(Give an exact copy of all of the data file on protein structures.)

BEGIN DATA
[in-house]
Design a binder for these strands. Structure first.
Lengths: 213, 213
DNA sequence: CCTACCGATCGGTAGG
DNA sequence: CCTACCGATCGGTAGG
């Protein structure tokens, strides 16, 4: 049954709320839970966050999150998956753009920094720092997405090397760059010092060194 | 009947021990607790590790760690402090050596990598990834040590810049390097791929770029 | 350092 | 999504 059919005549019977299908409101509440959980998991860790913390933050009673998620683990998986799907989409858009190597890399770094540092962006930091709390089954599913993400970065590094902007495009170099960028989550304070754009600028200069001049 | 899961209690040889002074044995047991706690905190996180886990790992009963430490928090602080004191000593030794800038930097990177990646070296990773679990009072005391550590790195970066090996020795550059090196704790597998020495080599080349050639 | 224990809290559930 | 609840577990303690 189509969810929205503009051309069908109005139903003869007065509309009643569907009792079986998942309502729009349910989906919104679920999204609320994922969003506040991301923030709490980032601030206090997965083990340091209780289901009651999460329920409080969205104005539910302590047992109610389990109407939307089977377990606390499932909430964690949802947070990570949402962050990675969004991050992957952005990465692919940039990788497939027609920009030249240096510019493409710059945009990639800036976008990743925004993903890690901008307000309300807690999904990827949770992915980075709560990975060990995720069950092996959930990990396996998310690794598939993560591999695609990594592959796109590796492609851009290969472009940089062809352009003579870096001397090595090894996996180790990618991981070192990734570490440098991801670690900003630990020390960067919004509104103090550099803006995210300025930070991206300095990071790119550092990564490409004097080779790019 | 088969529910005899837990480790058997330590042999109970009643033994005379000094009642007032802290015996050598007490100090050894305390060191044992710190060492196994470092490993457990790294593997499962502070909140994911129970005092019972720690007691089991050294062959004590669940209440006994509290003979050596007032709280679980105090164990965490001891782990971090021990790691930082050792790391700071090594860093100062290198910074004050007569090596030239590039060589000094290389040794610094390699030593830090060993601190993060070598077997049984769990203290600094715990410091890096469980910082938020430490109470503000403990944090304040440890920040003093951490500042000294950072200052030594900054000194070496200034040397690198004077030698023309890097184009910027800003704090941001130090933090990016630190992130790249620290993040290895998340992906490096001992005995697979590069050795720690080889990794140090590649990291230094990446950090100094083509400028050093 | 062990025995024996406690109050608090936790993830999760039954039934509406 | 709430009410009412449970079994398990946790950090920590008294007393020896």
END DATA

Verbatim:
[in-house]
Design a binder for these strands. Structure first.
Lengths: 213, 213
DNA sequence: CCTACCGATCGGTAGG
DNA sequence: CCTACCGATCGGTAGG
């Protein structure tokens, strides 16, 4: 049954709320839970966050999150998956753009920094720092997405090397760059010092060194 | 009947021990607790590790760690402090050596990598990834040590810049390097791929770029 | 350092 | 999504 059919005549019977299908409101509440959980998991860790913390933050009673998620683990998986799907989409858009190597890399770094540092962006930091709390089954599913993400970065590094902007495009170099960028989550304070754009600028200069001049 | 899961209690040889002074044995047991706690905190996180886990790992009963430490928090602080004191000593030794800038930097990177990646070296990773679990009072005391550590790195970066090996020795550059090196704790597998020495080599080349050639 | 224990809290559930 | 609840577990303690 189509969810929205503009051309069908109005139903003869007065509309009643569907009792079986998942309502729009349910989906919104679920999204609320994922969003506040991301923030709490980032601030206090997965083990340091209780289901009651999460329920409080969205104005539910302590047992109610389990109407939307089977377990606390499932909430964690949802947070990570949402962050990675969004991050992957952005990465692919940039990788497939027609920009030249240096510019493409710059945009990639800036976008990743925004993903890690901008307000309300807690999904990827949770992915980075709560990975060990995720069950092996959930990990396996998310690794598939993560591999695609990594592959796109590796492609851009290969472009940089062809352009003579870096001397090595090894996996180790990618991981070192990734570490440098991801670690900003630990020390960067919004509104103090550099803006995210300025930070991206300095990071790119550092990564490409004097080779790019 | 088969529910005899837990480790058997330590042999109970009643033994005379000094009642007032802290015996050598007490100090050894305390060191044992710190060492196994470092490993457990790294593997499962502070909140994911129970005092019972720690007691089991050294062959004590669940209440006994509290003979050596007032709280679980105090164990965490001891782990971090021990790691930082050792790391700071090594860093100062290198910074004050007569090596030239590039060589000094290389040794610094390699030593830090060993601190993060070598077997049984769990203290600094715990410091890096469980910082938020430490109470503000403990944090304040440890920040003093951490500042000294950072200052030594900054000194070496200034040397690198004077030698023309890097184009910027800003704090941001130090933090990016630190992130790249620290993040290895998340992906490096001992005995697979590069050795720690080889990794140090590649990291230094990446950090100094083509400028050093 | 062990025995024996406690109050608090936790993830999760039954039934509406 | 709430009410009412449970079994398990946790950090920590008294007393020896």